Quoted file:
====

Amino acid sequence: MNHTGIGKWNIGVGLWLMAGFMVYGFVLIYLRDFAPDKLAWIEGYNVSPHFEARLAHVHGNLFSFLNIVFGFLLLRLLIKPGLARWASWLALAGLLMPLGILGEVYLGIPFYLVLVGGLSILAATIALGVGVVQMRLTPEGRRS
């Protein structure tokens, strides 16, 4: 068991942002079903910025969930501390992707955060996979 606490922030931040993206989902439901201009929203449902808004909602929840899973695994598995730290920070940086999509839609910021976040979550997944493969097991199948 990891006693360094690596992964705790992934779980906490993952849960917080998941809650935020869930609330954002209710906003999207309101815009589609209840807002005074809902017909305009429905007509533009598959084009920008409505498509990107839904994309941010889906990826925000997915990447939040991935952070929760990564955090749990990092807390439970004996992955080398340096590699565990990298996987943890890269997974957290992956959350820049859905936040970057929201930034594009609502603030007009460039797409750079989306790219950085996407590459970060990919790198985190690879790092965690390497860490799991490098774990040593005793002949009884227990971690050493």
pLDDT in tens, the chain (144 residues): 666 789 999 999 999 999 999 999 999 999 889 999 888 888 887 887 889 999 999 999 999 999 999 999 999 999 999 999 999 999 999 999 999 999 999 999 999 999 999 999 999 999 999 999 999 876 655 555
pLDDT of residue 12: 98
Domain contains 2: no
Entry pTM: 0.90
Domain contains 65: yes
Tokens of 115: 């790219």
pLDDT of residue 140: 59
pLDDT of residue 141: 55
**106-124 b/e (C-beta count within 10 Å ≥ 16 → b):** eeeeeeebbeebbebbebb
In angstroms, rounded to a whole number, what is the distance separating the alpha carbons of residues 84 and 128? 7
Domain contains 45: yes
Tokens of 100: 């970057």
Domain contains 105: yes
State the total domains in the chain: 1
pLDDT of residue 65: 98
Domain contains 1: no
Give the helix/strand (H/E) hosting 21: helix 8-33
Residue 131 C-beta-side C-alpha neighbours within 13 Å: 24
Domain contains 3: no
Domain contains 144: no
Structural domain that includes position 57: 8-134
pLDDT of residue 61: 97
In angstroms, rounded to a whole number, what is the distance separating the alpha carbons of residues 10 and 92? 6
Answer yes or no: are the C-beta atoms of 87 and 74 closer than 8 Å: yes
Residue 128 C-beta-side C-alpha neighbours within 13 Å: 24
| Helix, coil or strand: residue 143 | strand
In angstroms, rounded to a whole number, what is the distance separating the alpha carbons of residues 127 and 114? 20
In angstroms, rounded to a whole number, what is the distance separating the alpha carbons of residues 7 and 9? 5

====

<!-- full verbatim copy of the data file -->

Amino acid sequence: MNHTGIGKWNIGVGLWLMAGFMVYGFVLIYLRDFAPDKLAWIEGYNVSPHFEARLAHVHGNLFSFLNIVFGFLLLRLLIKPGLARWASWLALAGLLMPLGILGEVYLGIPFYLVLVGGLSILAATIALGVGVVQMRLTPEGRRS
């Protein structure tokens, strides 16, 4: 068991942002079903910025969930501390992707955060996979 606490922030931040993206989902439901201009929203449902808004909602929840899973695994598995730290920070940086999509839609910021976040979550997944493969097991199948 990891006693360094690596992964705790992934779980906490993952849960917080998941809650935020869930609330954002209710906003999207309101815009589609209840807002005074809902017909305009429905007509533009598959084009920008409505498509990107839904994309941010889906990826925000997915990447939040991935952070929760990564955090749990990092807390439970004996992955080398340096590699565990990298996987943890890269997974957290992956959350820049859905936040970057929201930034594009609502603030007009460039797409750079989306790219950085996407590459970060990919790198985190690879790092965690390497860490799991490098774990040593005793002949009884227990971690050493």
pLDDT in tens, the chain (144 residues): 666 789 999 999 999 999 999 999 999 999 889 999 888 888 887 887 889 999 999 999 999 999 999 999 999 999 999 999 999 999 999 999 999 999 999 999 999 999 999 999 999 999 999 999 999 876 655 555
pLDDT of residue 12: 98
Domain contains 2: no
Entry pTM: 0.90
Domain contains 65: yes
Tokens of 115: 């790219």
pLDDT of residue 140: 59
pLDDT of residue 141: 55
**106-124 b/e (C-beta count within 10 Å ≥ 16 → b):** eeeeeeebbeebbebbebb
In angstroms, rounded to a whole number, what is the distance separating the alpha carbons of residues 84 and 128? 7
Domain contains 45: yes
Tokens of 100: 């970057």
Domain contains 105: yes
State the total domains in the chain: 1
pLDDT of residue 65: 98
Domain contains 1: no
Give the helix/strand (H/E) hosting 21: helix 8-33
Residue 131 C-beta-side C-alpha neighbours within 13 Å: 24
Domain contains 3: no
Domain contains 144: no
Structural domain that includes position 57: 8-134
pLDDT of residue 61: 97
In angstroms, rounded to a whole number, what is the distance separating the alpha carbons of residues 10 and 92? 6
Answer yes or no: are the C-beta atoms of 87 and 74 closer than 8 Å: yes
Residue 128 C-beta-side C-alpha neighbours within 13 Å: 24
| Helix, coil or strand: residue 143 | strand
In angstroms, rounded to a whole number, what is the distance separating the alpha carbons of residues 127 and 114? 20
In angstroms, rounded to a whole number, what is the distance separating the alpha carbons of residues 7 and 9? 5